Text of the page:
These fish are one year old and ready for stocking into a food-fish production pond or into a stocker pond if using a modular system.
The "sock saver" (center front in the photo) being used during a commercial pond harvest. The tanks (Dewars) hold liquid oxygen or LOX which is supplied to diffusers in the sock holding the fish through the green lines. This can increase the dissolved oxygen by one part per million resulting in greater survival to the plant as well as improved product quality.
Fingerling channel catfish being loaded on a transport truck for delivery/stocking in another pond.
Eggs being hand-stripped from a female channel catfish. A blue catfish sperm solution will be added to produce a hybrid channel X blue catfish. This hybrid has several apparent advantages over pure channel catfish and are bring studied by scientists at the CGRU.
Catfish spawn in cavities in nature. In commercial production we place spawning containers (to the right in the photo) in ponds containing catfish broodstock, and periodically check them, removing any egg masses we find. The egg mass being held by this scientist will be placed in the bucket of disinfectant prior to delivery to the hatchery.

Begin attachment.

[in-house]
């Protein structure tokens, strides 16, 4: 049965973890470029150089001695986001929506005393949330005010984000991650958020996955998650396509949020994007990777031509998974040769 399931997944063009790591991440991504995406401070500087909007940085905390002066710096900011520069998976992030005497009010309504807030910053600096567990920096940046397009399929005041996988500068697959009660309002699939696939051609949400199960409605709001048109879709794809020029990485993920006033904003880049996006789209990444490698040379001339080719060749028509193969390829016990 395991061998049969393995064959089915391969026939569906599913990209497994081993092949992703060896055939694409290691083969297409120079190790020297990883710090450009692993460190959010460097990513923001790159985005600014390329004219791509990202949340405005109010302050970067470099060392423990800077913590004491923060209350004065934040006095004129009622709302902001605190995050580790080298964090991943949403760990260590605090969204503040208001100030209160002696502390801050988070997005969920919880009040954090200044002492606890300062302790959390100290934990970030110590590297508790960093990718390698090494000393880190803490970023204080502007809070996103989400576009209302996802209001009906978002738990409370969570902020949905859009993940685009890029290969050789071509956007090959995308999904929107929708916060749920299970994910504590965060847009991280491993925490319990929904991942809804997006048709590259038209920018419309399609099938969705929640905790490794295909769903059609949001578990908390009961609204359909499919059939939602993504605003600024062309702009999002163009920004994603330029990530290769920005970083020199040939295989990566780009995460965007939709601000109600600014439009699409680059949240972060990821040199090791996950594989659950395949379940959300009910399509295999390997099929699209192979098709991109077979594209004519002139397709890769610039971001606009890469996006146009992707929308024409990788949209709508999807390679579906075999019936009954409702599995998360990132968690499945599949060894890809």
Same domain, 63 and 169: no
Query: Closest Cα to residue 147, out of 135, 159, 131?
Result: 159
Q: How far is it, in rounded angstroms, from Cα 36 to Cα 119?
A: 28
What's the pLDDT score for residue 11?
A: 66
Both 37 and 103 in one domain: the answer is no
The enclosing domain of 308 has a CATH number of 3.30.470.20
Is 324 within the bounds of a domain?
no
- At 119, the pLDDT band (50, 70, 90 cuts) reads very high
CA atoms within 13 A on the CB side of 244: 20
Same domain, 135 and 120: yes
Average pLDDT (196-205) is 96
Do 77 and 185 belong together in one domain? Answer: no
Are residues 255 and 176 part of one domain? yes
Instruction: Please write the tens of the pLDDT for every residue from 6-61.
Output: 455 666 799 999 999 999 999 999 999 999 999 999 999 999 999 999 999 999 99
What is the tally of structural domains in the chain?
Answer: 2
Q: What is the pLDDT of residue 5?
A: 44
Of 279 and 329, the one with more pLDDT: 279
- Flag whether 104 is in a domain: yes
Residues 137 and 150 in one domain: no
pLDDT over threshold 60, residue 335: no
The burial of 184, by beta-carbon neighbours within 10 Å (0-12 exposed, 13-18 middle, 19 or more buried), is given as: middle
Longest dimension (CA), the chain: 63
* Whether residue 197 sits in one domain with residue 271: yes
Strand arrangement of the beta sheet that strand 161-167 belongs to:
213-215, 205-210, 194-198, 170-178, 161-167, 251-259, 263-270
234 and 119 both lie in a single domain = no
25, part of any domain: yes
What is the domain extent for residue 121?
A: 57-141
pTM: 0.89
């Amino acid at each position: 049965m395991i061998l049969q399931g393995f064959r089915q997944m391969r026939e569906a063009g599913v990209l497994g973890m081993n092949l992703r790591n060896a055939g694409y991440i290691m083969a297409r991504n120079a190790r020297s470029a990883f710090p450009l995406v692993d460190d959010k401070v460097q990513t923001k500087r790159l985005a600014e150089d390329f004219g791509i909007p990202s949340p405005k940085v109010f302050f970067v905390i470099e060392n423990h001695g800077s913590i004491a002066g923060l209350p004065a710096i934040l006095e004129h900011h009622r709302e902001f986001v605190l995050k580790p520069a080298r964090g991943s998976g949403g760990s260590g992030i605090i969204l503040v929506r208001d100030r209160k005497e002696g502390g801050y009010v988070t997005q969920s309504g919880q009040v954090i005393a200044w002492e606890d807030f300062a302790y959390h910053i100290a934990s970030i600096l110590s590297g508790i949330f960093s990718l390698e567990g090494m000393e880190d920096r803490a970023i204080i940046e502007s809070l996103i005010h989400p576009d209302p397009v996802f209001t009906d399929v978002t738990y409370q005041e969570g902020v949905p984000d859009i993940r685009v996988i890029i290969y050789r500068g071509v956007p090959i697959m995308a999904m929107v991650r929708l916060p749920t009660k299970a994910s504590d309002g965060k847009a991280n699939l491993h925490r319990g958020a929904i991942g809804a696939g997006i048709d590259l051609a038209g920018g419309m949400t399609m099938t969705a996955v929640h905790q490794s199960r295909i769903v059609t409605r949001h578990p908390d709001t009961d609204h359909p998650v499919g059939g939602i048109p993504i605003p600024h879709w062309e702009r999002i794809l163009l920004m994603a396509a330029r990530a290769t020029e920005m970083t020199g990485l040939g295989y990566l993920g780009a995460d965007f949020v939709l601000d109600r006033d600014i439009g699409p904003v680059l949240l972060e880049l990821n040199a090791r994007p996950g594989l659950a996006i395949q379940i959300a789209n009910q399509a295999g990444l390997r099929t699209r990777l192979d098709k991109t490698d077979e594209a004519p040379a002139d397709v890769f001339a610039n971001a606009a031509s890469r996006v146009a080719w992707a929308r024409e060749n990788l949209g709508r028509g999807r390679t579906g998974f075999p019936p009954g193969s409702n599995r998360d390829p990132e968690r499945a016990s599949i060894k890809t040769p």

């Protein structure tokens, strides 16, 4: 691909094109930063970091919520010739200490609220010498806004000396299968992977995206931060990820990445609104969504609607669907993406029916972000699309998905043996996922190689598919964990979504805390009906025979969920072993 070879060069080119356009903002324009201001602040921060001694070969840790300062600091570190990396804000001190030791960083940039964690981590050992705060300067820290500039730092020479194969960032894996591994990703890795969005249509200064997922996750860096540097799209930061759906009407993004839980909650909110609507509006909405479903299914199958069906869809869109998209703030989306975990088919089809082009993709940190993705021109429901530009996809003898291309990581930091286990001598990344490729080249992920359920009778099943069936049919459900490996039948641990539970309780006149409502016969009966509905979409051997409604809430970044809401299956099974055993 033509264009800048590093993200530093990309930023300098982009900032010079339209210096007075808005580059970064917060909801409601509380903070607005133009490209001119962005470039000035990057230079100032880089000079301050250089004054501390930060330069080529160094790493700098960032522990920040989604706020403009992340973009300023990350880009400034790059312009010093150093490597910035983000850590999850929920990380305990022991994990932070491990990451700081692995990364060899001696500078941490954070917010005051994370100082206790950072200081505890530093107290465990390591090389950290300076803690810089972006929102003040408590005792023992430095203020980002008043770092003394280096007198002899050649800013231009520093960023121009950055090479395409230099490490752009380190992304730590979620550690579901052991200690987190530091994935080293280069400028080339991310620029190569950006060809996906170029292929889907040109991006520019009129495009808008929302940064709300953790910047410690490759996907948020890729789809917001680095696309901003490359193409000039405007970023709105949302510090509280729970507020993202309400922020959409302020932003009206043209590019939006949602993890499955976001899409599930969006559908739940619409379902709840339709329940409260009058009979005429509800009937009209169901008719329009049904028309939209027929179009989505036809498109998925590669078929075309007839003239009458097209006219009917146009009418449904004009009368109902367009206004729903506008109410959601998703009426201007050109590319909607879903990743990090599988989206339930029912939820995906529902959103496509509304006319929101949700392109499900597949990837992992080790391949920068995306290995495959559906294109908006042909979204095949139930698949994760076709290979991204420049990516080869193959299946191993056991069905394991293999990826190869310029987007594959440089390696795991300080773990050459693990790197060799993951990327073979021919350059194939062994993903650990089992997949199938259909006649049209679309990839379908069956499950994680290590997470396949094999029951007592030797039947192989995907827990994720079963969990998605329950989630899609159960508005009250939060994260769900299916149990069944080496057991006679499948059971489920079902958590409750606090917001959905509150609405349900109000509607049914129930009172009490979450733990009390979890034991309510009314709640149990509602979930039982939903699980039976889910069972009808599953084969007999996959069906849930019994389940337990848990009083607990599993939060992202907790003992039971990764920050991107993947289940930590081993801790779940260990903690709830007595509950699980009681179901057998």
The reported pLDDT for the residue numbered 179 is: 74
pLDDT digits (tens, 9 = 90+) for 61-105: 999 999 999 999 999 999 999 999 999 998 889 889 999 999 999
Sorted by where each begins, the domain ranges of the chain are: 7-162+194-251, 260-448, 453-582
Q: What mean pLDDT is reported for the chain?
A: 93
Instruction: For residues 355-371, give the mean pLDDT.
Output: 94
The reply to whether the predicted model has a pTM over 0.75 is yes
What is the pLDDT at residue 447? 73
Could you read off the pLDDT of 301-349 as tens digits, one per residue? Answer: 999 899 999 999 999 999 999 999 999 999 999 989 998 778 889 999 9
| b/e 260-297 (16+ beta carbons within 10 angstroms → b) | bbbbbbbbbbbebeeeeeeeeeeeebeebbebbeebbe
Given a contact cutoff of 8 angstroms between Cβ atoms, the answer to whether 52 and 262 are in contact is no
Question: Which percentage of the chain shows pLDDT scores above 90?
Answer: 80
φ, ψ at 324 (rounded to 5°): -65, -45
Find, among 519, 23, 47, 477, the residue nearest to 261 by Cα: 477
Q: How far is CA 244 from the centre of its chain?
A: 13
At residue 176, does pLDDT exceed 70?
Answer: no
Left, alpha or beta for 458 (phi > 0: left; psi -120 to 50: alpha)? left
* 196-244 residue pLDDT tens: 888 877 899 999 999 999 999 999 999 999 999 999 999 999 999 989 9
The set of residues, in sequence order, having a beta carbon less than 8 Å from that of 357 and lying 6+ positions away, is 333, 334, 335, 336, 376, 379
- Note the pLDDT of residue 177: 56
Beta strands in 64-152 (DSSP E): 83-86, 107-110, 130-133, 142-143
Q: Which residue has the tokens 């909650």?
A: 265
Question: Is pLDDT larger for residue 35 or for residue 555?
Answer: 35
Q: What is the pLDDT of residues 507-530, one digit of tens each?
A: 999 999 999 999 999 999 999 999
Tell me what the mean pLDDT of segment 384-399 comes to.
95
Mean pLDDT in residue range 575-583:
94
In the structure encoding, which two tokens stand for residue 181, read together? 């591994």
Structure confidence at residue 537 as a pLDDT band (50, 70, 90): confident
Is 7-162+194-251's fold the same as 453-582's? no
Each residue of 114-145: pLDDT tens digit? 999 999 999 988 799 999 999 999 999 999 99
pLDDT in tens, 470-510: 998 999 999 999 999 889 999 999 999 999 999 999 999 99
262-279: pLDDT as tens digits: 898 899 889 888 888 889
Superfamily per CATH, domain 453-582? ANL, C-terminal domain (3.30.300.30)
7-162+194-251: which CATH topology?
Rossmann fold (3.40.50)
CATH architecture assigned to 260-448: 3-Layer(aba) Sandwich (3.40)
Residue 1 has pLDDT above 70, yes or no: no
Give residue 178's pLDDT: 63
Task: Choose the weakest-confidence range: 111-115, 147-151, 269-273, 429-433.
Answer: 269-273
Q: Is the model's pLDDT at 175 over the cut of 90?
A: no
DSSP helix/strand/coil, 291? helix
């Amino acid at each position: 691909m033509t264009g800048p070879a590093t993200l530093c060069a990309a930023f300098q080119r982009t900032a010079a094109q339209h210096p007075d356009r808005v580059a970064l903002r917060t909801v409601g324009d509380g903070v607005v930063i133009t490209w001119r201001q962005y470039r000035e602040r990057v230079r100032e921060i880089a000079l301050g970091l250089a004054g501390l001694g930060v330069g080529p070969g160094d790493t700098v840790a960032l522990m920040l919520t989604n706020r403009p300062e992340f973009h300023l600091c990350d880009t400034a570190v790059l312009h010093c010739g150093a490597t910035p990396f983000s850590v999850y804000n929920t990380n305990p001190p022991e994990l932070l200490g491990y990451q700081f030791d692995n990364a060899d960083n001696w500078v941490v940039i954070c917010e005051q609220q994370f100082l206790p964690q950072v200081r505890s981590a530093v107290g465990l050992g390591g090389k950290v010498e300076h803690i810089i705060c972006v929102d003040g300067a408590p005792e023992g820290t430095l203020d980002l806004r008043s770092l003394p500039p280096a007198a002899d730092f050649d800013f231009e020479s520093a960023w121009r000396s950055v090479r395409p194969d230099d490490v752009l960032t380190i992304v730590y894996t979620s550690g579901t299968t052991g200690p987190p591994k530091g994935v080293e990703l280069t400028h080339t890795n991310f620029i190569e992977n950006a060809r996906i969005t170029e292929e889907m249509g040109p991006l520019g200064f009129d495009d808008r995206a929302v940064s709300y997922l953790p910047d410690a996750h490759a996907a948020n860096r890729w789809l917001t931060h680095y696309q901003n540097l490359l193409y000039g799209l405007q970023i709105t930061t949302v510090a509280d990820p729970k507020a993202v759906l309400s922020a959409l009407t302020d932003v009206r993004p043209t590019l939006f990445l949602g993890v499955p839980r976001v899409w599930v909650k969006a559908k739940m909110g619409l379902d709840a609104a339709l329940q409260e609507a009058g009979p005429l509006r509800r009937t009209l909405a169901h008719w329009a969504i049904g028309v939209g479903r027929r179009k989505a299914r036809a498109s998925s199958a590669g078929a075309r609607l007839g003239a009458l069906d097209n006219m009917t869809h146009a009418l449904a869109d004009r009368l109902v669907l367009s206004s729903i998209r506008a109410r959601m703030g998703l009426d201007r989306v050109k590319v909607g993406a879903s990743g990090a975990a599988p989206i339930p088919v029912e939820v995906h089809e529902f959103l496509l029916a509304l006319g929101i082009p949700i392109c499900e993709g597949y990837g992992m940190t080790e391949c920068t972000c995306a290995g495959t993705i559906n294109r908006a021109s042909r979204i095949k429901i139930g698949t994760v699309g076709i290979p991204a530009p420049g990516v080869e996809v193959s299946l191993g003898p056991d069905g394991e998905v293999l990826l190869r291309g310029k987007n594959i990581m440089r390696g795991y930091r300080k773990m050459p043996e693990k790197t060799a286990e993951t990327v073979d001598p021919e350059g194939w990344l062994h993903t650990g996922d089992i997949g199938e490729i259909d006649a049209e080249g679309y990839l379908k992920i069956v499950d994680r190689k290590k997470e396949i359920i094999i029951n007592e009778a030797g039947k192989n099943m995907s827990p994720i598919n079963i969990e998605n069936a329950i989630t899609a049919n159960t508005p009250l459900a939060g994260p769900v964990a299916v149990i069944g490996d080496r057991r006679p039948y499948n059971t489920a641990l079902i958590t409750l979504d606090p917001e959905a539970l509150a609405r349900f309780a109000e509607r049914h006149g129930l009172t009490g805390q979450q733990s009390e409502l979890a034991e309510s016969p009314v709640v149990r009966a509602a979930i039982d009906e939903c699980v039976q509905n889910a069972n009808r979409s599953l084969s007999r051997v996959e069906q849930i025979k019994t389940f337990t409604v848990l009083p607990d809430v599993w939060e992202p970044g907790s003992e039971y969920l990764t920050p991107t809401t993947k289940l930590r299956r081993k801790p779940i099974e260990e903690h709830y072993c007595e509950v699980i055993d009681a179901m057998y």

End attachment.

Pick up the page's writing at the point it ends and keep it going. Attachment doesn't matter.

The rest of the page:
3-5" Fingerling Channel Catfish
This is about the smallest size of fingerling that will be stocked into stocker or food-fish ponds.
When catfish eggs hatch, the "sac fry" are heavier than water and will sink to the bottom. In commercial hatcheries a siphon hose is often used to transfer them from hatching troughs to rearing troughs.
Channel catfish are fed a high-quality floating feed in grow-out ponds. Use of a floating feed allows the farmer to visually inspect his crop on a daily basis.
10-HP electric paddlewheel aerators are the standard for the industry. The aerators in this photo are arranged using new recommendations by scientists in the CGRU.
As sac fry develop, they absorb the yolk sack, turn dark, and begin to swim up searching for food. These swim-up fry are nearly ready to stock out into 5010 acre fry ponds for growth into fingerlings.
Channel X blue hybrid catfish appear similar to pure channel catfish but
may prove to be an overall better fish to rear commercially. These
market-size fish were produced in only 18 months from egg.
By counting the opaque glass pellets visible in x-rayed catfish, scientists
can calculate the amount of feed the fish have consumed.
A channel catfish with small bumps and inflammation on its tailfin, which
indicate the presence of Bolbophorusflatworms beneath the skin.